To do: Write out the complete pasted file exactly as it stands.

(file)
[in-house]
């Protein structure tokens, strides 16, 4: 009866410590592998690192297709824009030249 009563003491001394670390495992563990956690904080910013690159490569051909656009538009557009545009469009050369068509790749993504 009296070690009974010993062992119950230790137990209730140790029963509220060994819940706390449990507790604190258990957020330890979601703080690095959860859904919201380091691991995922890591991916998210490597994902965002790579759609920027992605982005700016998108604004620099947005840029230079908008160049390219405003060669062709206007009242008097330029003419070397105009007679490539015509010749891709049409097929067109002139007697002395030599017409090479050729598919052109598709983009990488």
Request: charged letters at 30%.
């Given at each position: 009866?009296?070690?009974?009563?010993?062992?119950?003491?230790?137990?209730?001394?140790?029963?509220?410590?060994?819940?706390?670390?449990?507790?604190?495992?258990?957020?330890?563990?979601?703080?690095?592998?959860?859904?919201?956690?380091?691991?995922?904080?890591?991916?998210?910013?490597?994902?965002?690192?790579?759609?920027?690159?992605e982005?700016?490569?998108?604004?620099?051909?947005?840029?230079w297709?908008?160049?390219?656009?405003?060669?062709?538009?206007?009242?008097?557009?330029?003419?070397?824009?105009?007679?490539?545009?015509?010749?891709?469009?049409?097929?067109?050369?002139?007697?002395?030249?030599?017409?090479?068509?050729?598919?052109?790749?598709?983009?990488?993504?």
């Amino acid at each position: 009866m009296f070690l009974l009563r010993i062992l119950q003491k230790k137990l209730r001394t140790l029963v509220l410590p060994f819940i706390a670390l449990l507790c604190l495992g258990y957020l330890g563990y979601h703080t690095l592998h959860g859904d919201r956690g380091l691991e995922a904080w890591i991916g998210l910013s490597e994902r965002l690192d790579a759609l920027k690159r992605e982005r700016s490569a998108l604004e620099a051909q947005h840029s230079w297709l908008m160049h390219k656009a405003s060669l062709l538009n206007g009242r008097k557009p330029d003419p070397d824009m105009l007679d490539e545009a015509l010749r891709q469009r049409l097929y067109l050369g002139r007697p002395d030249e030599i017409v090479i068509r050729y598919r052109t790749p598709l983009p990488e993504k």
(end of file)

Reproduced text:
[in-house]
């Protein structure tokens, strides 16, 4: 009866410590592998690192297709824009030249 009563003491001394670390495992563990956690904080910013690159490569051909656009538009557009545009469009050369068509790749993504 009296070690009974010993062992119950230790137990209730140790029963509220060994819940706390449990507790604190258990957020330890979601703080690095959860859904919201380091691991995922890591991916998210490597994902965002790579759609920027992605982005700016998108604004620099947005840029230079908008160049390219405003060669062709206007009242008097330029003419070397105009007679490539015509010749891709049409097929067109002139007697002395030599017409090479050729598919052109598709983009990488």
Request: charged letters at 30%.
């Given at each position: 009866?009296?070690?009974?009563?010993?062992?119950?003491?230790?137990?209730?001394?140790?029963?509220?410590?060994?819940?706390?670390?449990?507790?604190?495992?258990?957020?330890?563990?979601?703080?690095?592998?959860?859904?919201?956690?380091?691991?995922?904080?890591?991916?998210?910013?490597?994902?965002?690192?790579?759609?920027?690159?992605e982005?700016?490569?998108?604004?620099?051909?947005?840029?230079w297709?908008?160049?390219?656009?405003?060669?062709?538009?206007?009242?008097?557009?330029?003419?070397?824009?105009?007679?490539?545009?015509?010749?891709?469009?049409?097929?067109?050369?002139?007697?002395?030249?030599?017409?090479?068509?050729?598919?052109?790749?598709?983009?990488?993504?």
């Amino acid at each position: 009866m009296f070690l009974l009563r010993i062992l119950q003491k230790k137990l209730r001394t140790l029963v509220l410590p060994f819940i706390a670390l449990l507790c604190l495992g258990y957020l330890g563990y979601h703080t690095l592998h959860g859904d919201r956690g380091l691991e995922a904080w890591i991916g998210l910013s490597e994902r965002l690192d790579a759609l920027k690159r992605e982005r700016s490569a998108l604004e620099a051909q947005h840029s230079w297709l908008m160049h390219k656009a405003s060669l062709l538009n206007g009242r008097k557009p330029d003419p070397d824009m105009l007679d490539e545009a015509l010749r891709q469009r049409l097929y067109l050369g002139r007697p002395d030249e030599i017409v090479i068509r050729y598919r052109t790749p598709l983009p990488e993504k």